Spicy Eggplant Tofu Recipe
Japanese eggplants cook fairly quickly and this stir fry sauce consists of basic ingredients such as soy sauce, chile black bean sauce, palm sugar and fresh ginger. The ginger and black bean sauce enhances the bland eggplant and tofu. All that's left is to steam a few leafy greens and have jasmine rice ready in the rice cooker. It's as easy as 1-2-3!
I barely have time for anything these days, and when I have very little time to cook, my go-to dish is a tofu stir fry. It’s nutritious and it allows me to make use of whatever I have on hand. Learn the basics and you’ll be able to dazzle your family with creative stir fry dishes.
Yields: 6 servings1 (12-ounce) package firm tofu
3 tablespoons canola oil (or any neutral oil), as needed
1 teaspoon Kosher salt
1 (2-inch) piece fresh ginger
2 shallots, sliced
3 Japanese eggplants
½ teaspoon mushroom seasoning salt (or regular salt), to taste
1 tablespoon chili black bean sauce
1 teaspoon palm sugar, freshly grated (or light brown sugar)
4 tablespoons low-sodium soy sauce
3/4 teaspoon black pepper, freshly ground
1 teaspoon toasted sesame oil (optional)
2 tablespoons cilantro, chopped
Clean the chunk of ginger, carefully removing any dirt. Peel the ginger root with a paring knife or the edge of a spoon, then chop very finely.
Trim the eggplants. Cut them in half lengthwise and slice them into 5-6 pieces. Layer a cooling rack on top of a cookie sheet (to collect the excess moisture). Place the eggplant pieces on the rack and sprinkle with Kosher salt. Let sit for about 20 minutes, then pat dry using paper towels. Drizzle the eggplants with a little oil and sprinkle with about 1-½ tablespoons ginger. Toss well.
Cut the tofu into ¾-inch slices. In a wok, heat the canola oil. Pan-fry the slices on both sides until golden. The tofu should have a nice fried outer crust and still be moist inside. Transfer the tofu onto paper towels. Sprinkle with salt. Allow to cool a little. As soon as the tofu is not too hot to handle, cut each slice crosswise into thirds, then into cubes.
In a small bowl, combine the black bean sauce, soy sauce and sugar. Stir well.
In the same wok, add the rest of the ginger and the shallots. Cook until fragrant, then add the eggplant pieces. Ensure that the eggplant pieces are lightly coated in oil (no need to use a lot). Drizzle with the soy sauce mixture. Add the tofu pieces. Toss well, cover with a lid, lower the heat to low and cook for about 5-8 minutes until soft and tender.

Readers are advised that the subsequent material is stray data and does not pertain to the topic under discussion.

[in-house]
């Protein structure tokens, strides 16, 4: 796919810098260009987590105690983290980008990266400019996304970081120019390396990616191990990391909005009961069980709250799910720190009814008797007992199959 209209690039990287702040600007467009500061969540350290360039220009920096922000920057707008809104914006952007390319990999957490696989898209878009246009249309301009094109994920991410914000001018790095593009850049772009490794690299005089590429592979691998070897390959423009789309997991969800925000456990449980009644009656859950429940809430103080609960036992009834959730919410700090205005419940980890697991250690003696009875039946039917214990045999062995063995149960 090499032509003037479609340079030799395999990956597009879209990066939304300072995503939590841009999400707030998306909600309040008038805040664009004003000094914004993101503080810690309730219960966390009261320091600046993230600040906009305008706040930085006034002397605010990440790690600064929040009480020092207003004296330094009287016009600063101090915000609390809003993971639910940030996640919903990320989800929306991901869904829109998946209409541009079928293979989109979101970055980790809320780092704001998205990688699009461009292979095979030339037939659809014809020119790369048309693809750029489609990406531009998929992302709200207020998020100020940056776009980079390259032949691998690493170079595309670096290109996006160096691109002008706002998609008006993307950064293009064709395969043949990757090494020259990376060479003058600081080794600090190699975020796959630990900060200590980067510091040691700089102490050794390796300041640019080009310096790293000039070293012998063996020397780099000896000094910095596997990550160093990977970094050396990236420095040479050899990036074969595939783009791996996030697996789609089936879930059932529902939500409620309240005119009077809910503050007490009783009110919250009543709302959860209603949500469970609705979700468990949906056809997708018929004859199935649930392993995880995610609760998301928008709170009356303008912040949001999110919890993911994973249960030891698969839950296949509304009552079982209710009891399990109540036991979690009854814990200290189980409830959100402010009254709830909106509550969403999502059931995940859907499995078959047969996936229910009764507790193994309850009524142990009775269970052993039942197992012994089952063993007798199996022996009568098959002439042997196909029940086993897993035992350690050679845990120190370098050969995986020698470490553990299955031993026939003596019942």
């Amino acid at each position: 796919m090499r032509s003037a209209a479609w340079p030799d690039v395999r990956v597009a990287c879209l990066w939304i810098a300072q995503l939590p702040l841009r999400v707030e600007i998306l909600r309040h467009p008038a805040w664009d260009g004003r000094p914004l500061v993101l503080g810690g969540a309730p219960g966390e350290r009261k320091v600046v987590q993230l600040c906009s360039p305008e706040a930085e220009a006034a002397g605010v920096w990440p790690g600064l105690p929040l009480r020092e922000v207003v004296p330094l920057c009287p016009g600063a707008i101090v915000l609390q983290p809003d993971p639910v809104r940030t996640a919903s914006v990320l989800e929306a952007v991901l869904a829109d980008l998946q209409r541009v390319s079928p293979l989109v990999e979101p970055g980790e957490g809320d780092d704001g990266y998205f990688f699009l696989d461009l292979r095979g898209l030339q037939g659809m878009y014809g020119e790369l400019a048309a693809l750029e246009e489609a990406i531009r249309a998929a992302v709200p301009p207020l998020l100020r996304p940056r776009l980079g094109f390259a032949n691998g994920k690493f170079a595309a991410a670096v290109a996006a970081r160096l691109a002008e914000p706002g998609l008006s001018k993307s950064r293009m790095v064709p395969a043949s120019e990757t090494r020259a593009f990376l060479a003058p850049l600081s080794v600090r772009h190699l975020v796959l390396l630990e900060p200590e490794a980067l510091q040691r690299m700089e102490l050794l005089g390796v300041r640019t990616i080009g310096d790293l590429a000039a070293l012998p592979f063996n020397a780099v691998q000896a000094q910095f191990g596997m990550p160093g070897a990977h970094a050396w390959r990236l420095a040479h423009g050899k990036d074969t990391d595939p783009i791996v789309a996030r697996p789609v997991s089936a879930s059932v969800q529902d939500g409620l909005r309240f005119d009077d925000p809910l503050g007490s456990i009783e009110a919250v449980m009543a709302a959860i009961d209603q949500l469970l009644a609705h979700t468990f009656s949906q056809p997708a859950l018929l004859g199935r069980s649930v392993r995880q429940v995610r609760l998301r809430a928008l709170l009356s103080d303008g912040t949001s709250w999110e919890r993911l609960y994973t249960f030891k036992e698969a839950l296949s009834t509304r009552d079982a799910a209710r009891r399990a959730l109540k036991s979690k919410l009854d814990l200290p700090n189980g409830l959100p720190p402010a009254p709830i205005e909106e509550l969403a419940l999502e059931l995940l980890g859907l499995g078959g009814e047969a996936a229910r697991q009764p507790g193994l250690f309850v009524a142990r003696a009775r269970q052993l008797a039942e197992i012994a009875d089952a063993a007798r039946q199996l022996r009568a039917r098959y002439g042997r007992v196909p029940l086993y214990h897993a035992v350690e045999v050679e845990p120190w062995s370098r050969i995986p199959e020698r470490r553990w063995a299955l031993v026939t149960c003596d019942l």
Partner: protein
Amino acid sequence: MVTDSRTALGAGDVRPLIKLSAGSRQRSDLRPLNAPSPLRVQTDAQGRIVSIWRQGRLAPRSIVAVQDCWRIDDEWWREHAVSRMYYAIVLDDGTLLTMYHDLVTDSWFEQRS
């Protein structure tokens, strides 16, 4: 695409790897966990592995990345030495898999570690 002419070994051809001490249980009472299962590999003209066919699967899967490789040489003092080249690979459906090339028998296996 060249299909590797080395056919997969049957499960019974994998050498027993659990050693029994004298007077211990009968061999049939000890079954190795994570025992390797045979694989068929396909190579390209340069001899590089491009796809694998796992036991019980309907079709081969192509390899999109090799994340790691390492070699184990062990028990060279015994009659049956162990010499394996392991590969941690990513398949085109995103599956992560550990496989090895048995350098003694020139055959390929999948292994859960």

Once all the liquid at the bottom of the wok evaporates, check doneness of the eggplant (add more water if not fully cooked; I didn't).
Drizzle with toasted sesame oil (if used). Check seasoning; add mushroom seasoning salt and black pepper. Turn off the heat. Keep on the stove for about 5 minutes. Transfer to a serving platter. Garnish with cilantro.
Serve with jasmine rice and drizzle a little vegetarian nước chấm dipping sauce over it.
If you like you, you could add stir-fried thinly sliced chicken breast.
I used Golden Gate brand tofu; just make sure to look for the firm version.
My favorite soy sauce is the Da Bo De brand. It has a very nice flavor and is not too salty. You can find this particular sauce at, for example, Dai Thanh Asian market on 420 S 2nd St, in San Jose. Make sure the bottle says nước tương chay, which means vegetarian in Vietnamese.
You can use store-bought chili black bean sauce, like the one from Lee Kum Kee. Be sure to adjust the seasoning as this sauce is quite salty.
Mushroom seasoning salt brings a very distinct, earthy flavor to the veggies. If you don't have any, you can always use regular salt. You can get mushroom seasoning salt at any gourmet specialty store or in most Korean stores. I get mine at the Marina -10122 Bandley Drive -Cupertino, CA 95014.
The addition of the sesame oil at the end is optional but brings a nice fragrance to the dish.
You can find all the ingredients listed in most Asian stores.Published By: on April 3, 2012.